Abstract: Reliably predicting visual media quality as perceived by humans remains
challenging and is of high practical relevance. A significant research trend is to investigate
visual saliency and its implications for visual quality assessment. Fundamental problems regarding
how to acquire reliable eye-tracking data and how saliency should be incorporated in computational
quality assessment models are largely unsolved. This talk will focus on methodologies for reliably
collecting eye-tracking data, assessment of the capabilities of saliency in improving the
performance of quality assessment models, as well as the optimized use of saliency in visual
quality assessment systems.
Biography: Dr Hantao Liu is a Lecturer (Assistant Professor) with the School of
Computer Science and Informatics, Cardiff University, United Kingdom. He received the Ph.D. degree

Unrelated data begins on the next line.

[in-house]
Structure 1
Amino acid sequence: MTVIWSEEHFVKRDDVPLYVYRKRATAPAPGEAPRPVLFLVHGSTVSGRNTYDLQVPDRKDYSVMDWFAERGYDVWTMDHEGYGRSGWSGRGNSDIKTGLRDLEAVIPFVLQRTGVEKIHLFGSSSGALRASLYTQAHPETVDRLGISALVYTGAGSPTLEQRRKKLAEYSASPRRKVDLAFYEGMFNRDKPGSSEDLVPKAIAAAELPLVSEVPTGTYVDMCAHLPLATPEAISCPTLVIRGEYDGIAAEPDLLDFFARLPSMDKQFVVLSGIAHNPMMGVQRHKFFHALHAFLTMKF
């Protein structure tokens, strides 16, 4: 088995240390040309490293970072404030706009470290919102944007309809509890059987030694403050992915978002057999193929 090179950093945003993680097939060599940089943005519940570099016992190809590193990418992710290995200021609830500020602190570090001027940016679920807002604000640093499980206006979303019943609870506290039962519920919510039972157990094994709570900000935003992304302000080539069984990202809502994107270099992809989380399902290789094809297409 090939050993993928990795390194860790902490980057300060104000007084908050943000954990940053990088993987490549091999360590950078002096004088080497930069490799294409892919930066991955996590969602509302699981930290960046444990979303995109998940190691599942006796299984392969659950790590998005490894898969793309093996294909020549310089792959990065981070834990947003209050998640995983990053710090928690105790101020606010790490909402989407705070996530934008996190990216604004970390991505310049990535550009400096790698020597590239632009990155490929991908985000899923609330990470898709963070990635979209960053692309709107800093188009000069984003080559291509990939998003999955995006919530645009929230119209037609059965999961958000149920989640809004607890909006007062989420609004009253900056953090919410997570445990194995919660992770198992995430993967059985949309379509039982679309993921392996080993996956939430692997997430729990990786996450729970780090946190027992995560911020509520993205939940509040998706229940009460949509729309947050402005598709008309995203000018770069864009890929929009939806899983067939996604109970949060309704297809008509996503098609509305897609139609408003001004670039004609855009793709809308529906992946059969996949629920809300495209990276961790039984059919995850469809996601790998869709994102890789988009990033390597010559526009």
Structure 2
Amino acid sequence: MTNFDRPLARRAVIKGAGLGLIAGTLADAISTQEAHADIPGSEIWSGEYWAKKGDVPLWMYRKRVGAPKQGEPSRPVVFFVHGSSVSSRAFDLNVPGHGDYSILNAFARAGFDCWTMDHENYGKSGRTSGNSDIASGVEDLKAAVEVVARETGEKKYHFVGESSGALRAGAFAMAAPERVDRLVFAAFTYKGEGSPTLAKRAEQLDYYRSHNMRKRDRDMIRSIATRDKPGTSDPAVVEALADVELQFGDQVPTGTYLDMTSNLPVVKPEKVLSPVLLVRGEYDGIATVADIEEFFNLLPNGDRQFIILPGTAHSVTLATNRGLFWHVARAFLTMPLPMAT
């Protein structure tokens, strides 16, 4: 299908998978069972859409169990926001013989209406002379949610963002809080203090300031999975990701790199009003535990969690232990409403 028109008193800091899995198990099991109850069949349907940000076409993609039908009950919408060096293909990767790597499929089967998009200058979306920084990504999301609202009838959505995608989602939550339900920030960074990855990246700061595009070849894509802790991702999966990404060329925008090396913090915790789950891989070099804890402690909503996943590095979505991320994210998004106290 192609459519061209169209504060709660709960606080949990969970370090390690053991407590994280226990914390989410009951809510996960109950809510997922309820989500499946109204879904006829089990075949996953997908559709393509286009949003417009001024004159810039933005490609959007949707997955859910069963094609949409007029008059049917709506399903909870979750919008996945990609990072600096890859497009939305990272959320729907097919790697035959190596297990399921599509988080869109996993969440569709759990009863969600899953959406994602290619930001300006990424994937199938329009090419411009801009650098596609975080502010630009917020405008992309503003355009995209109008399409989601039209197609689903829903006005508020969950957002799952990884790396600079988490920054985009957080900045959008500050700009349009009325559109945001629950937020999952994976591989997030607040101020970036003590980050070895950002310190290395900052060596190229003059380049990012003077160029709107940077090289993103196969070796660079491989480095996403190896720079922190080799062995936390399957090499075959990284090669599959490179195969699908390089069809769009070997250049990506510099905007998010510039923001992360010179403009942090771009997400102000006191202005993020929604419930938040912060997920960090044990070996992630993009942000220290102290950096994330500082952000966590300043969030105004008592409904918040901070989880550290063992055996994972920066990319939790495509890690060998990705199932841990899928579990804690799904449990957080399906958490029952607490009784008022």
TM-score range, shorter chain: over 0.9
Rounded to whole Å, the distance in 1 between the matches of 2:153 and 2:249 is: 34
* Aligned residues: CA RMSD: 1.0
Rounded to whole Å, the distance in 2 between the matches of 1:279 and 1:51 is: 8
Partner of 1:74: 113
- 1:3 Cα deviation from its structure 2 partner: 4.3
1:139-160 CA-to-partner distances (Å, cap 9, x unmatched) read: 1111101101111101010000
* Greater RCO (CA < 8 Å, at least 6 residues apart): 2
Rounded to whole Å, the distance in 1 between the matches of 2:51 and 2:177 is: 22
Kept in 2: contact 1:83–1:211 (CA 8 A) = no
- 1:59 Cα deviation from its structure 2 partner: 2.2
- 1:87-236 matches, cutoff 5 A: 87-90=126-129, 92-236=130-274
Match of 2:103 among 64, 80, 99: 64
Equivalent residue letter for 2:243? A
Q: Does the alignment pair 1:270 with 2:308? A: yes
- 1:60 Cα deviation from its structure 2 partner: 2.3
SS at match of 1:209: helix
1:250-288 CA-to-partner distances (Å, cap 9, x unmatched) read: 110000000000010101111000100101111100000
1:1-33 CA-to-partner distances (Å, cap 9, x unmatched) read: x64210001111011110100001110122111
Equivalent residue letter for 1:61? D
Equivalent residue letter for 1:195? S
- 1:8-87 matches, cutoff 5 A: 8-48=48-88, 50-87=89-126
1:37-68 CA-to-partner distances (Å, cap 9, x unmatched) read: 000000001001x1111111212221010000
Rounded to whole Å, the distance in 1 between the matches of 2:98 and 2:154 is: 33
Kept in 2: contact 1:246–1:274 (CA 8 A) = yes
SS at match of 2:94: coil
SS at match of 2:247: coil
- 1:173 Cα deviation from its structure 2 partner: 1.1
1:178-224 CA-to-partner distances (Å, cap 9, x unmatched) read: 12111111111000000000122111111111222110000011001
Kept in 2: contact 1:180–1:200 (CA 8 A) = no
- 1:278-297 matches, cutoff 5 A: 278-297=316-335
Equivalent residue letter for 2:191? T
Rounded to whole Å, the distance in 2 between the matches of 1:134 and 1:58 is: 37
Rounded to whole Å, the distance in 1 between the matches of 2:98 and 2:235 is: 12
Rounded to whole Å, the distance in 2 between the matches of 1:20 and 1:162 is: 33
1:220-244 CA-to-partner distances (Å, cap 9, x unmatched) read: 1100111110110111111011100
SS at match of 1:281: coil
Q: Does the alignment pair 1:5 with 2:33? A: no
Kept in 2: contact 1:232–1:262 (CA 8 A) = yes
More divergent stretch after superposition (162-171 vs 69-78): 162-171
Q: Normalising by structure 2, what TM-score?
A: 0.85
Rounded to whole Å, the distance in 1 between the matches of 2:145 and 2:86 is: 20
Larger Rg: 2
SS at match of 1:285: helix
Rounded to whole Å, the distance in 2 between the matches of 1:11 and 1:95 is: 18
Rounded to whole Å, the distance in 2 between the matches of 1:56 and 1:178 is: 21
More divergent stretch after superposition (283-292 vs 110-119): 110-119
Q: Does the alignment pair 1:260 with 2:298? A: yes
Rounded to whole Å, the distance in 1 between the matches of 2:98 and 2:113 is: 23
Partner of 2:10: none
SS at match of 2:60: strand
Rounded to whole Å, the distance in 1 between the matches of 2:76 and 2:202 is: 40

from the Delft University of Technology, Delft, The Netherlands, in 2011. Since 2006, he has been
working closely with industry to develop next generation image and video technologies. He led a
project funded by Philips Research Laboratories that developed novel algorithms for visual media
quality assessment; and a project funded by Philips Healthcare that addressed a number of issues
related to medical image perception. He is a founder member of the Delft Image Quality Lab.
His research interests include visual media quality assessment, visual attention modelling and
applications, visual scene understanding, medical image perception and human-machine interaction.
He served as a Management Committee member (UK representative) of COST Action IC1003 Qualinet:
European Network on Quality of Experience in Multimedia Systems and Services, and Area Chair of
IEEE International Conference on Multimedia and Expo 2015, 2016 and 2017. He is now serving as the
Chair of IEEE MMTC Interest Group on Quality of Experience for Multimedia Communications. He is
serving as an Associate Editor for the following international journals: IEEE Transactions on
Multimedia; IEEE Transactions on Human-Machine Systems; Signal Processing: Image Communication;
Signal, Image and Video Processing; and Neurocomputing.
University of Konstanz, Universitätsstr. 10, Konstanz
Unfortunately, the talk will not be transmitted to Stuttgart and Tübingen.